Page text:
"But Magic and Jordan would jump all over you."
In one of his first practices with the Bulls, Parish botched one of the plays and was amused to find Jordan jawing at him just inches from his face.
"I told him, 'I'm not as enamored with you as these other guys. I've got some rings too,' " Parish recalled. "At that point he told me, 'I'm going to kick your ass.' I took one step closer and said, 'No, you really aren't.' After that he didn't bother me."
Parish said he should have retired at least two years sooner than he did, a fact that was drilled home to him repeatedly in Bulls workouts. "By the end, Luc Longley and Bill Wennington were killing me in practice," he said. "Clearly I stayed on too long."
Parish remains an avid fan of the NBA and is impressed with how the current Big Three have handled their final days.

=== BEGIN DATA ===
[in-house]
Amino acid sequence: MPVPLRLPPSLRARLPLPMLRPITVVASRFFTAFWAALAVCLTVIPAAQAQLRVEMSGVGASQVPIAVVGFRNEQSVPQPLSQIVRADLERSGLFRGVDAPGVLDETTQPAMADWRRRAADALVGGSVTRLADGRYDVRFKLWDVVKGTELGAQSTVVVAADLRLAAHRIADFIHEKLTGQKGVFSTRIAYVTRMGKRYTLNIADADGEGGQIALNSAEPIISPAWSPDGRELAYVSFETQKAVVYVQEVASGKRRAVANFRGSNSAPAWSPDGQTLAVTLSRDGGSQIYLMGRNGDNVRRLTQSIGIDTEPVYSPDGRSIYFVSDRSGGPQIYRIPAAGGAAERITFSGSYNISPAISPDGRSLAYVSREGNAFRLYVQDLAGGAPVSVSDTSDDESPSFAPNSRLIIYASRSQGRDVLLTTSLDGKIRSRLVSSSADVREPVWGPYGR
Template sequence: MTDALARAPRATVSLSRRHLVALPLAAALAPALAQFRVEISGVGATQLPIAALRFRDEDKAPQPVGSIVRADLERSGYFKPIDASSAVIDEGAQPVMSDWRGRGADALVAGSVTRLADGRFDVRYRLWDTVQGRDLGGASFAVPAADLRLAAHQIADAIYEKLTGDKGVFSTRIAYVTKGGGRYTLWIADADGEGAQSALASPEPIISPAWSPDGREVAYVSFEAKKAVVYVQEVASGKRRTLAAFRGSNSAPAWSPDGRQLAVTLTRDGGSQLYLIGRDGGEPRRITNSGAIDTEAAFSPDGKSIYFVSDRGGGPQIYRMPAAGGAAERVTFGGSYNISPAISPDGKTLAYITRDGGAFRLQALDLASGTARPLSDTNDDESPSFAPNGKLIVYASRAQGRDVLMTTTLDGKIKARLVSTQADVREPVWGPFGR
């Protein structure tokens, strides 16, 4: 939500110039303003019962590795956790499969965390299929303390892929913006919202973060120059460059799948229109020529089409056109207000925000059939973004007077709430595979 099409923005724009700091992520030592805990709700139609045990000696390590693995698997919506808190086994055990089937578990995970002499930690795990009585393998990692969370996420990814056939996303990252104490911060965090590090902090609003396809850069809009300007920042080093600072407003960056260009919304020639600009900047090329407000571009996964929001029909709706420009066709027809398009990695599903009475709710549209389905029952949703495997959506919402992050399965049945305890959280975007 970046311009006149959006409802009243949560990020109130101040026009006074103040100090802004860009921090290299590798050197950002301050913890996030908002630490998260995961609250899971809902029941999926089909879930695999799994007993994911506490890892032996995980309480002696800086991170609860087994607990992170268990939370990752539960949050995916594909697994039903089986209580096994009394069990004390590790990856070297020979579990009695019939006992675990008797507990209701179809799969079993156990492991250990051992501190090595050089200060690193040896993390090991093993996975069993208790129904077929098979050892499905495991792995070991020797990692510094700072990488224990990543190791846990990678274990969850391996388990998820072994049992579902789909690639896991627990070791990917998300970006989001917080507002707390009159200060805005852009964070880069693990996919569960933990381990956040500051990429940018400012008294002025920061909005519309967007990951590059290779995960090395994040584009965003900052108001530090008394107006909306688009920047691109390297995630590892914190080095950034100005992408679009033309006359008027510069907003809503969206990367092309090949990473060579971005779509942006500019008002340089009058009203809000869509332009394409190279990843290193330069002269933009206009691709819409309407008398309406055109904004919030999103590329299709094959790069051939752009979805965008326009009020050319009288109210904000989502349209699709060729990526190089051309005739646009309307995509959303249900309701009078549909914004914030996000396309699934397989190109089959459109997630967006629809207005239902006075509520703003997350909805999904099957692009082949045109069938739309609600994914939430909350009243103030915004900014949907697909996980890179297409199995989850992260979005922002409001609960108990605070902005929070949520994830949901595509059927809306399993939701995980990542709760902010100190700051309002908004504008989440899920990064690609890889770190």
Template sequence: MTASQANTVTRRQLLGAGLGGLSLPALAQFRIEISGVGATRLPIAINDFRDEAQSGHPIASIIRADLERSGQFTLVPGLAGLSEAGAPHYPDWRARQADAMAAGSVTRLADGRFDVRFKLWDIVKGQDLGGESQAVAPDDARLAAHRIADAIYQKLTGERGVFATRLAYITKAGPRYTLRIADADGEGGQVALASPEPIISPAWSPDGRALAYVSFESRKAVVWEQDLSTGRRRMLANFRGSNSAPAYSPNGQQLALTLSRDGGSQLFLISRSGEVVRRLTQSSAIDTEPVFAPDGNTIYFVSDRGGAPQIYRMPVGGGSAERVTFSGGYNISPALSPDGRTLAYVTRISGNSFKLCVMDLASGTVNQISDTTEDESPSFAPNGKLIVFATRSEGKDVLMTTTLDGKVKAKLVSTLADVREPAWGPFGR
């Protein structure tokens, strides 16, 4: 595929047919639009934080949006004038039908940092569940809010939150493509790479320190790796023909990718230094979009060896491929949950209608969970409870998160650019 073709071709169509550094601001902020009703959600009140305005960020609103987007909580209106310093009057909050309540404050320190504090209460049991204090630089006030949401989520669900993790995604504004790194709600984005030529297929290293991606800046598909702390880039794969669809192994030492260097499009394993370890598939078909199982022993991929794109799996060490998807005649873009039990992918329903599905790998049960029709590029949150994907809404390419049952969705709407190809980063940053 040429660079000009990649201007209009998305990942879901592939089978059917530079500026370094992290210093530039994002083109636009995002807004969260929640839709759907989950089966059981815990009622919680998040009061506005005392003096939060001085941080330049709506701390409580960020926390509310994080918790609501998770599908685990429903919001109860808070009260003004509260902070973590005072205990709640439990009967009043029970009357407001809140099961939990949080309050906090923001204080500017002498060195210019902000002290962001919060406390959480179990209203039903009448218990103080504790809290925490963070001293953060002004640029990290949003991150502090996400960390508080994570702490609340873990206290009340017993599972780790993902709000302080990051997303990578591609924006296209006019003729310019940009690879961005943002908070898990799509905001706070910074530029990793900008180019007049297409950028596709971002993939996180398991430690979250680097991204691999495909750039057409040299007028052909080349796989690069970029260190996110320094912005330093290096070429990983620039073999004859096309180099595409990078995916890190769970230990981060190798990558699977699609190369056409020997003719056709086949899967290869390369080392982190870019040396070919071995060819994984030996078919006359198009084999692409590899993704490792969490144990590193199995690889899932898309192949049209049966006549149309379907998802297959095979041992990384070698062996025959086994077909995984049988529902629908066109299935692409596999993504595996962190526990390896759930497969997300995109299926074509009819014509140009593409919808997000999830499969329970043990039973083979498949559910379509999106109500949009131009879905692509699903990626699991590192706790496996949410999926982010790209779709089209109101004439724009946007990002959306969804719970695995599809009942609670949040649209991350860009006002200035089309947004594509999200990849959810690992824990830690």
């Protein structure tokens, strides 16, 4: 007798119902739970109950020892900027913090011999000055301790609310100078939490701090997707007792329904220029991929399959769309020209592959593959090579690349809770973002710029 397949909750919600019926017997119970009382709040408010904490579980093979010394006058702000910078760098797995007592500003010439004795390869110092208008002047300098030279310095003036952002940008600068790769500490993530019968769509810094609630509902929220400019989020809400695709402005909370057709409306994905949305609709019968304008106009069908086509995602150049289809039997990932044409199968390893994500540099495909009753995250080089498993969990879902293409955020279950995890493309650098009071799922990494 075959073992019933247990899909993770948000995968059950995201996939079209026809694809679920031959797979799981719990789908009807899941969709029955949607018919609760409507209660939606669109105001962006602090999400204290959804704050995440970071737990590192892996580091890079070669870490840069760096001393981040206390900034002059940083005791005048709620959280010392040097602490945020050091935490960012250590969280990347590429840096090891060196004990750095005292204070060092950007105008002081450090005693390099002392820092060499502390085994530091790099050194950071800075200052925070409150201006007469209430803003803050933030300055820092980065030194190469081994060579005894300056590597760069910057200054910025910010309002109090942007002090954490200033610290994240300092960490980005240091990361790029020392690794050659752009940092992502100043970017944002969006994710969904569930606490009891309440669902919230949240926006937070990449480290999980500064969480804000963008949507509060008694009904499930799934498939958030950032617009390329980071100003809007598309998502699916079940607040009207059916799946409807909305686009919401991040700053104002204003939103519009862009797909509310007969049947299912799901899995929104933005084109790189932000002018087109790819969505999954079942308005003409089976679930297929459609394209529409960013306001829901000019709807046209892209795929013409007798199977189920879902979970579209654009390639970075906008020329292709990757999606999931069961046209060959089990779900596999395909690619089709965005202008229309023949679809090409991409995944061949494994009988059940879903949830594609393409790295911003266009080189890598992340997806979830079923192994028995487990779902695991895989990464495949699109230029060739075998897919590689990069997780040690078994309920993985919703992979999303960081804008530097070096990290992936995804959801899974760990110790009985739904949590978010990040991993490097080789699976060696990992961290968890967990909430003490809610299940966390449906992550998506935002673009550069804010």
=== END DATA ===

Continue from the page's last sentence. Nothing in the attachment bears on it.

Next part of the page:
"Those three guys gave us a reason to be proud of the Celtics again," Parish said. "I give Paul Pierce all the credit. He put his ego aside for the betterment of the team. That speaks volumes about him as a person."
Asked if he thought Bird could have done that had Parish and McHale joined Bird later in his career, Parish emitted one of his deep-throated guffaws and said, "Hell no! Larry got off easy with me. He never had to worry about my ego interfering. He's lucky. He knows it."
The passage of time and the addition of perspective have erased any rancor among the original Big Three. These days, they celebrate their era of dominance with jokes and handshakes and incriminating stories about one another.